Tuesday, June 30, 2015

Book Review: "Our Souls at Night" by Kent Haruf

Few authors can captivate with simple, straightforward, moving storytelling as well as Kent Haruf did. I've read every one of his novels, and each time I finished one, I was amazed by the power of his writing and the impact his characters had. I definitely felt the same way upon finishing his last novel, Our Souls at Night. In less than 200 pages, Haruf made me think and made me feel.

In this book, Haruf returned to the small town of Holt, Colorado, where his novel Plainsong took place. One day, 70-year-old widow Addie Moore goes to visit her widowed neighbor, Louis Waters. The two have always known each other, but were never friends. But that doesn't stop Addie from asking Louis a difficult question: would he be willing to come over to her house one night and sleep in her bed, and perhaps talk?

The idea throws Louis for a bit of a loop, but ultimately his curiosity and his desire for companionship wins out. It isn't long before the two develop a strong friendship, perhaps tinged with love and a gratitude for the sort of second chance each is giving the other. Of course, the town is ablaze with gossip about the two, despite the fact that both are widowed and in their 70s. And it isn't long before Louis' daughter and Addie's son try and convince their parents that this type of thing just isn't done, no matter what kind of comfort they bring to each other.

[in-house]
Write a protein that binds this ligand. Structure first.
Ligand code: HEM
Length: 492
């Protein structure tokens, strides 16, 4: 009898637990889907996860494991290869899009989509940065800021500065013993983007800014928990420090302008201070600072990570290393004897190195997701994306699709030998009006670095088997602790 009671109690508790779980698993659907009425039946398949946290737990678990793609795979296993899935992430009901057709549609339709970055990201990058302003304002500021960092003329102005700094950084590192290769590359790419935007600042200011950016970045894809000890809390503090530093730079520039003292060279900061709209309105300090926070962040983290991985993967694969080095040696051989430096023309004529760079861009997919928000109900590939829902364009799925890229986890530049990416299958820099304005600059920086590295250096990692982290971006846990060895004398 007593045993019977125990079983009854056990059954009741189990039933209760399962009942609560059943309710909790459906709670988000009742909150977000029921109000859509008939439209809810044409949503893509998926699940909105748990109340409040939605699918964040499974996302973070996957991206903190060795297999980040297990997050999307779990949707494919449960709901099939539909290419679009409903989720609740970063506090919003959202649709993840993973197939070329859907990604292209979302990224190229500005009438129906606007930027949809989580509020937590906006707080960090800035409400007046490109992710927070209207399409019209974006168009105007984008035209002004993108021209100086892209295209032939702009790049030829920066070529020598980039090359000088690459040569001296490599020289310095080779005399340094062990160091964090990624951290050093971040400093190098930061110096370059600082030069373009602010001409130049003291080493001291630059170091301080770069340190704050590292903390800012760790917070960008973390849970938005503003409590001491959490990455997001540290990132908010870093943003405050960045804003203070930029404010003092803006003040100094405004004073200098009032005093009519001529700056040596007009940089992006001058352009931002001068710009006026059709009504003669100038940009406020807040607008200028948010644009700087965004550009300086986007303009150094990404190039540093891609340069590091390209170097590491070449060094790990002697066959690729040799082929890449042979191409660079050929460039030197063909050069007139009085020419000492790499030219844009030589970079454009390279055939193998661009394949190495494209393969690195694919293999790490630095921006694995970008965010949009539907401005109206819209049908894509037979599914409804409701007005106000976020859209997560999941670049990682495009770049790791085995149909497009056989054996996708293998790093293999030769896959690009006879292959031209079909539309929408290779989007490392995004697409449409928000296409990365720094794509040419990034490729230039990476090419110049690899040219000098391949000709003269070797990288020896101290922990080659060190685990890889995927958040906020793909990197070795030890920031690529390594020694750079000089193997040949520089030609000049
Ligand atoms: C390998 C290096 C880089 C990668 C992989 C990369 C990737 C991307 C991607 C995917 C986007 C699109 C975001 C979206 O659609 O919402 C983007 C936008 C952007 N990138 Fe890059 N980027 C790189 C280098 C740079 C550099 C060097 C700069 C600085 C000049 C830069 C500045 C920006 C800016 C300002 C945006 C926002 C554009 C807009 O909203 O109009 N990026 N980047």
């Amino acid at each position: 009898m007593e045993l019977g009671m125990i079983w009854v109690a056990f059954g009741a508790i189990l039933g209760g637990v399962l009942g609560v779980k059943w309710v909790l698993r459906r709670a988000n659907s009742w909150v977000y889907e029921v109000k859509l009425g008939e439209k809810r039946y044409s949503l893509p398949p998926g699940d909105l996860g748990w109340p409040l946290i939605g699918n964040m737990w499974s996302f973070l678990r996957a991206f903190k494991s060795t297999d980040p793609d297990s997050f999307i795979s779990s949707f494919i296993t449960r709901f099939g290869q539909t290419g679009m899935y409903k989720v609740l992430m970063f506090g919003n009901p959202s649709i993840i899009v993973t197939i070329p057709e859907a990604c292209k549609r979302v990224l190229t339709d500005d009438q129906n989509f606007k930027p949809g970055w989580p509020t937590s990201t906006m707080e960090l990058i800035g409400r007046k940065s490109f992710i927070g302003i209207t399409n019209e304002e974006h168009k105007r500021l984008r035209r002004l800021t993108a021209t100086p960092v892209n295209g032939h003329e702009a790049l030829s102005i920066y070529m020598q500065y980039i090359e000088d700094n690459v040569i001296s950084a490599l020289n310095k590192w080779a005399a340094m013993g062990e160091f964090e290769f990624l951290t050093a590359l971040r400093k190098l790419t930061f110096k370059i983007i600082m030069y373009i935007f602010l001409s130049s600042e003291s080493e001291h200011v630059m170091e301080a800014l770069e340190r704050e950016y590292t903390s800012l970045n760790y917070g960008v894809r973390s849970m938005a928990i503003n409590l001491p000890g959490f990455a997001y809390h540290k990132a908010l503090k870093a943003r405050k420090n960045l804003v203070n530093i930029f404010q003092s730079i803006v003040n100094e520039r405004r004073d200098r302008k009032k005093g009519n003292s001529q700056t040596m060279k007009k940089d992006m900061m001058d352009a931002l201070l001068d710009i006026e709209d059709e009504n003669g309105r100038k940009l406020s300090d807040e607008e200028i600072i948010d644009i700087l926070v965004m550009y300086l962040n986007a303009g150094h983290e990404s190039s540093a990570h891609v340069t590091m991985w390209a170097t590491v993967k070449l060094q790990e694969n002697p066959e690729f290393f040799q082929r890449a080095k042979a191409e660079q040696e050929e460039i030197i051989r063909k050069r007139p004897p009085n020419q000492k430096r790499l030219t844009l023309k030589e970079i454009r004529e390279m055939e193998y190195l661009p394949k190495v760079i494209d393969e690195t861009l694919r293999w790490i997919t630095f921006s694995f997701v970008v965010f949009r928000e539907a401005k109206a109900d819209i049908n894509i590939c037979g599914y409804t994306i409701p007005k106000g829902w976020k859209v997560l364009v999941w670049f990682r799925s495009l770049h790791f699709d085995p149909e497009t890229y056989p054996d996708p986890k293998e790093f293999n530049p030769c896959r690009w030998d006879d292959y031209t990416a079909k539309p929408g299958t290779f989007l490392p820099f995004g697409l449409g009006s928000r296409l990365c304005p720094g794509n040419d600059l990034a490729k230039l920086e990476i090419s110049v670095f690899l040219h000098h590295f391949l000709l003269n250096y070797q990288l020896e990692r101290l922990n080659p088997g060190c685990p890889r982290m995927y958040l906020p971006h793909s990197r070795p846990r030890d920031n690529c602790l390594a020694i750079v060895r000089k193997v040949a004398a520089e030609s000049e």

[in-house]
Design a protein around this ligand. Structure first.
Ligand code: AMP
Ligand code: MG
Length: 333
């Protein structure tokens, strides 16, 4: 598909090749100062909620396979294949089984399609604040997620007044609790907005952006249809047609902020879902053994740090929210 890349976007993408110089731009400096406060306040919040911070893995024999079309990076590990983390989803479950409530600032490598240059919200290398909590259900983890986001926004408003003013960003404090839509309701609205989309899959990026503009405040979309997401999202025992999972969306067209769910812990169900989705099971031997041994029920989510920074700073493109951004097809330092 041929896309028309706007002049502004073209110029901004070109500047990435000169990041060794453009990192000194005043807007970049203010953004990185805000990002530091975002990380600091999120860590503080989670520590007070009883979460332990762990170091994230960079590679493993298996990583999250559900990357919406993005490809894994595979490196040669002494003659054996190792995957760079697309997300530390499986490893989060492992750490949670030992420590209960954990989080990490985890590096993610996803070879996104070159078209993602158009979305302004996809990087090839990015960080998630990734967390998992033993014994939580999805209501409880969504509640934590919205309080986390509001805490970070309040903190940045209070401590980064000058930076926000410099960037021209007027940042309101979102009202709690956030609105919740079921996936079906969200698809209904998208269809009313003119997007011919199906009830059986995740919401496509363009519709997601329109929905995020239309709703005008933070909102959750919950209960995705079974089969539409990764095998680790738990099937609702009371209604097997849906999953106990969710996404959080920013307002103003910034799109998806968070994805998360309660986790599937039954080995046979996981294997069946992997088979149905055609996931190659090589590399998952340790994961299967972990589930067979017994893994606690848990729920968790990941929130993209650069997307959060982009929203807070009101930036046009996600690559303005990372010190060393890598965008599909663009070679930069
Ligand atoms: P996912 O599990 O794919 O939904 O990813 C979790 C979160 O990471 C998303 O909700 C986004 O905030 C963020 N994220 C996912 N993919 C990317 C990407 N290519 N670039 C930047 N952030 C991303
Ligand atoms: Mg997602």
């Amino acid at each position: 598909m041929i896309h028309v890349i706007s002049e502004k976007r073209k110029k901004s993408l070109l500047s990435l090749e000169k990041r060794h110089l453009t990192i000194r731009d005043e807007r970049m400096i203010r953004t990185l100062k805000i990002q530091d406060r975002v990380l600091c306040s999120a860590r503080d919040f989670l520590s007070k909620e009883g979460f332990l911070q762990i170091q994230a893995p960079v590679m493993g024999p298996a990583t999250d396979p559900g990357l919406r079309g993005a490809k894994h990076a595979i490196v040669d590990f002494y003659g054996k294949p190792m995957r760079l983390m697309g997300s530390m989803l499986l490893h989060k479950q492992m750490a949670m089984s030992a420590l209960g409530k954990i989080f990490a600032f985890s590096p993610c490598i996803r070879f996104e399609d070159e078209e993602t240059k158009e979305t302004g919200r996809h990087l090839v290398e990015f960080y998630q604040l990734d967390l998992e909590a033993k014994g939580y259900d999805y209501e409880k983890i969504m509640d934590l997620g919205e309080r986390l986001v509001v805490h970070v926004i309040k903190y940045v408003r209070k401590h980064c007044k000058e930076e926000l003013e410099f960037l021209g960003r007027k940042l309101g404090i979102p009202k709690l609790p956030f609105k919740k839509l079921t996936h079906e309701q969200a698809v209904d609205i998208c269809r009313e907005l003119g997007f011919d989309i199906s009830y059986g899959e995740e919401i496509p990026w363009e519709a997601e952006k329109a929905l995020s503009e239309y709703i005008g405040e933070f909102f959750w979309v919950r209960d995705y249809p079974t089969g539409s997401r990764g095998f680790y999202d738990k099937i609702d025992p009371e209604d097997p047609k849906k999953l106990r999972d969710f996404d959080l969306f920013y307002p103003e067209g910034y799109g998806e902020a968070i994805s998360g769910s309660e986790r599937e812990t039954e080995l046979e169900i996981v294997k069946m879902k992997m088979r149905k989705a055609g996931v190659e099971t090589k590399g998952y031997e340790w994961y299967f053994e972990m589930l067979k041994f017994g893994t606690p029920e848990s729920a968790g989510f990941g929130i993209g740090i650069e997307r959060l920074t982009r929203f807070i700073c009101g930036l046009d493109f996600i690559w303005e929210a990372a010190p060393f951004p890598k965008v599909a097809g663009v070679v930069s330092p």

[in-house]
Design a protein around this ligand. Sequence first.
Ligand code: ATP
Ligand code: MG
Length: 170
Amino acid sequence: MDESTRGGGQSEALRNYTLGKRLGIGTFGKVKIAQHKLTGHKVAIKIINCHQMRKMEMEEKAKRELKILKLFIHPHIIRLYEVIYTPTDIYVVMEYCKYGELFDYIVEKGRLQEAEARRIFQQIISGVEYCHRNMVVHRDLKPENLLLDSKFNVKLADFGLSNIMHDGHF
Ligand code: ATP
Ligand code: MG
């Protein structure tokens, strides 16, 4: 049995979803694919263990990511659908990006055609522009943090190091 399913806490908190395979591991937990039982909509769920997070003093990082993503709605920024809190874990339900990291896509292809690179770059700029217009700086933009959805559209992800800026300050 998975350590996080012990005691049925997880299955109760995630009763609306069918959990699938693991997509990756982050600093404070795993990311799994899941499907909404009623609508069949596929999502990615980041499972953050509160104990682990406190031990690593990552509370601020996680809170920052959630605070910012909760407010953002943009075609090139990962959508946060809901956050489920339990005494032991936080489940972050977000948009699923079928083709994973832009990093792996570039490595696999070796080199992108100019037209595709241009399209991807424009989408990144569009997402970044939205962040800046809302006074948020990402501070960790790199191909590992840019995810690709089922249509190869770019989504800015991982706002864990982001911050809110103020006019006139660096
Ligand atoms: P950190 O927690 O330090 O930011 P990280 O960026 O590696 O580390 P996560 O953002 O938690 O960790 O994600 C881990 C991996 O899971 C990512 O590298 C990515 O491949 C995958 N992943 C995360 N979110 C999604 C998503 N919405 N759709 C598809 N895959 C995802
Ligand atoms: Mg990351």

"But that's the main point of this being a good time. Getting to know somebody well at this age. And finding out you like her and discovering you're not just all dried up after all."

Louis and Addie spend their nights talking about their lives—their happy and sad moments, their regrets, their unfulfilled wishes. They discuss their relationships with their late spouses and their children. They talk about life. But most of all, they revel in each other's company, and they don't care what their fellow townspeople have to say about their relationship. And when Addie's grandson comes to stay with her for the summer, she sees Louis in a different light, and he gets the opportunity to be the father he wished he could have been to his own daughter.

I thought this was such a beautiful book, hopeful and even a little emotional. I honestly didn't understand everyone's objections to Louis and Addie's relationship, given their age and the fact that they were both widowed, and people's reactions, particularly Addie's son's, were the only thing that bothered me about this story. Louis and Addie are such wonderful characters and their story proves that sometimes it's worth taking a risk in order to find friendship and love.

I wasn't aware that Haruf died at the end of 2014, and that discovery saddens me a great deal. I'd encourage you to pick up Our Souls at Night as well as all of his other novels, and get a glimpse of his tremendous talent. The literary world lost an artist, but his beautiful work will live on, lucky for us.

No comments:

Post a Comment